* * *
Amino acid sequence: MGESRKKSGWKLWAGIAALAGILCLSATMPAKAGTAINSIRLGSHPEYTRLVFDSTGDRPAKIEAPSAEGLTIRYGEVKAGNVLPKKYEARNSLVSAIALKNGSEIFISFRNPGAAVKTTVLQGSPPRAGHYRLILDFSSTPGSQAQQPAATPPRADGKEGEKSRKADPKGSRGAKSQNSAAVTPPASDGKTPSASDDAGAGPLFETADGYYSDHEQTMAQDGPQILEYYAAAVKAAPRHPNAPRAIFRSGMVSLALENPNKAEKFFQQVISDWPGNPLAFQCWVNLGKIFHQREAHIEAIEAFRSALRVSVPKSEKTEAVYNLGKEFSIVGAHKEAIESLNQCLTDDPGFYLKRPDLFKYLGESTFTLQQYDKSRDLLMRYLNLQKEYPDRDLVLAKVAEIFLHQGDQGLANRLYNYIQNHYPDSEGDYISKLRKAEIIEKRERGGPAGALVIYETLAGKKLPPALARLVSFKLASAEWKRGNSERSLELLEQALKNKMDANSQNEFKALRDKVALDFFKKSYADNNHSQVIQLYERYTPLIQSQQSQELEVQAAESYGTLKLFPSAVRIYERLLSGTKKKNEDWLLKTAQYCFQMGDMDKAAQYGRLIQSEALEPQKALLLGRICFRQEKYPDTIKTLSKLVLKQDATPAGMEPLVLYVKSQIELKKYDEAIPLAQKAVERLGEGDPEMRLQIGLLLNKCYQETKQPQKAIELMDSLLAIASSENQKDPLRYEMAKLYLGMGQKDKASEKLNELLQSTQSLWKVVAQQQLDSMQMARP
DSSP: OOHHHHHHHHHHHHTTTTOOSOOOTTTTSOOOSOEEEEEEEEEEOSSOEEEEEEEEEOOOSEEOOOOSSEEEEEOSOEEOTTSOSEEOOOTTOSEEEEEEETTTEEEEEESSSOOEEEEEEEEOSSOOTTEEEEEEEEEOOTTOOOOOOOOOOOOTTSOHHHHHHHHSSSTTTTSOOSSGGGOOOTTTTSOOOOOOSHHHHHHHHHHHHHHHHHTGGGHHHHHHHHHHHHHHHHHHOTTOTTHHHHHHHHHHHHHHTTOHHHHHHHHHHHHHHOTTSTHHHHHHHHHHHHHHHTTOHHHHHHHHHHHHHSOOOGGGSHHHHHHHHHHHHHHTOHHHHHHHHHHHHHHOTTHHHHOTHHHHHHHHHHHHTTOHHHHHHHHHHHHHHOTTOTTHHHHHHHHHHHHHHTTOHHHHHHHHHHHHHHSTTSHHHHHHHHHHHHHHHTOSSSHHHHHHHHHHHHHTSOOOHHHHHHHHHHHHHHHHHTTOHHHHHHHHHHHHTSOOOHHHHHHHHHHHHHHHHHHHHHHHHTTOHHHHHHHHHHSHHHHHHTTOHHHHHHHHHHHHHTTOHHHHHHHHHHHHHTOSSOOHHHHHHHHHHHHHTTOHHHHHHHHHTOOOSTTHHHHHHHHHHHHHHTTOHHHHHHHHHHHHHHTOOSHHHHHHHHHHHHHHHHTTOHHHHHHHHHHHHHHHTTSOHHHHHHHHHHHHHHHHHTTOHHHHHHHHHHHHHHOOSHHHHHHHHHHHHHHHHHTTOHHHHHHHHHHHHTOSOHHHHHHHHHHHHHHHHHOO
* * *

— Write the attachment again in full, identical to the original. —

Amino acid sequence: MGESRKKSGWKLWAGIAALAGILCLSATMPAKAGTAINSIRLGSHPEYTRLVFDSTGDRPAKIEAPSAEGLTIRYGEVKAGNVLPKKYEARNSLVSAIALKNGSEIFISFRNPGAAVKTTVLQGSPPRAGHYRLILDFSSTPGSQAQQPAATPPRADGKEGEKSRKADPKGSRGAKSQNSAAVTPPASDGKTPSASDDAGAGPLFETADGYYSDHEQTMAQDGPQILEYYAAAVKAAPRHPNAPRAIFRSGMVSLALENPNKAEKFFQQVISDWPGNPLAFQCWVNLGKIFHQREAHIEAIEAFRSALRVSVPKSEKTEAVYNLGKEFSIVGAHKEAIESLNQCLTDDPGFYLKRPDLFKYLGESTFTLQQYDKSRDLLMRYLNLQKEYPDRDLVLAKVAEIFLHQGDQGLANRLYNYIQNHYPDSEGDYISKLRKAEIIEKRERGGPAGALVIYETLAGKKLPPALARLVSFKLASAEWKRGNSERSLELLEQALKNKMDANSQNEFKALRDKVALDFFKKSYADNNHSQVIQLYERYTPLIQSQQSQELEVQAAESYGTLKLFPSAVRIYERLLSGTKKKNEDWLLKTAQYCFQMGDMDKAAQYGRLIQSEALEPQKALLLGRICFRQEKYPDTIKTLSKLVLKQDATPAGMEPLVLYVKSQIELKKYDEAIPLAQKAVERLGEGDPEMRLQIGLLLNKCYQETKQPQKAIELMDSLLAIASSENQKDPLRYEMAKLYLGMGQKDKASEKLNELLQSTQSLWKVVAQQQLDSMQMARP
DSSP: OOHHHHHHHHHHHHTTTTOOSOOOTTTTSOOOSOEEEEEEEEEEOSSOEEEEEEEEEOOOSEEOOOOSSEEEEEOSOEEOTTSOSEEOOOTTOSEEEEEEETTTEEEEEESSSOOEEEEEEEEOSSOOTTEEEEEEEEEOOTTOOOOOOOOOOOOTTSOHHHHHHHHSSSTTTTSOOSSGGGOOOTTTTSOOOOOOSHHHHHHHHHHHHHHHHHTGGGHHHHHHHHHHHHHHHHHHOTTOTTHHHHHHHHHHHHHHTTOHHHHHHHHHHHHHHOTTSTHHHHHHHHHHHHHHHTTOHHHHHHHHHHHHHSOOOGGGSHHHHHHHHHHHHHHTOHHHHHHHHHHHHHHOTTHHHHOTHHHHHHHHHHHHTTOHHHHHHHHHHHHHHOTTOTTHHHHHHHHHHHHHHTTOHHHHHHHHHHHHHHSTTSHHHHHHHHHHHHHHHTOSSSHHHHHHHHHHHHHTSOOOHHHHHHHHHHHHHHHHHTTOHHHHHHHHHHHHTSOOOHHHHHHHHHHHHHHHHHHHHHHHHTTOHHHHHHHHHHSHHHHHHTTOHHHHHHHHHHHHHTTOHHHHHHHHHHHHHTOSSOOHHHHHHHHHHHHHTTOHHHHHHHHHTOOOSTTHHHHHHHHHHHHHHTTOHHHHHHHHHHHHHHTOOSHHHHHHHHHHHHHHHHTTOHHHHHHHHHHHHHHHTTSOHHHHHHHHHHHHHHHHHTTOHHHHHHHHHHHHHHOOSHHHHHHHHHHHHHHHHHTTOHHHHHHHHHHHHTOSOHHHHHHHHHHHHHHHHHOO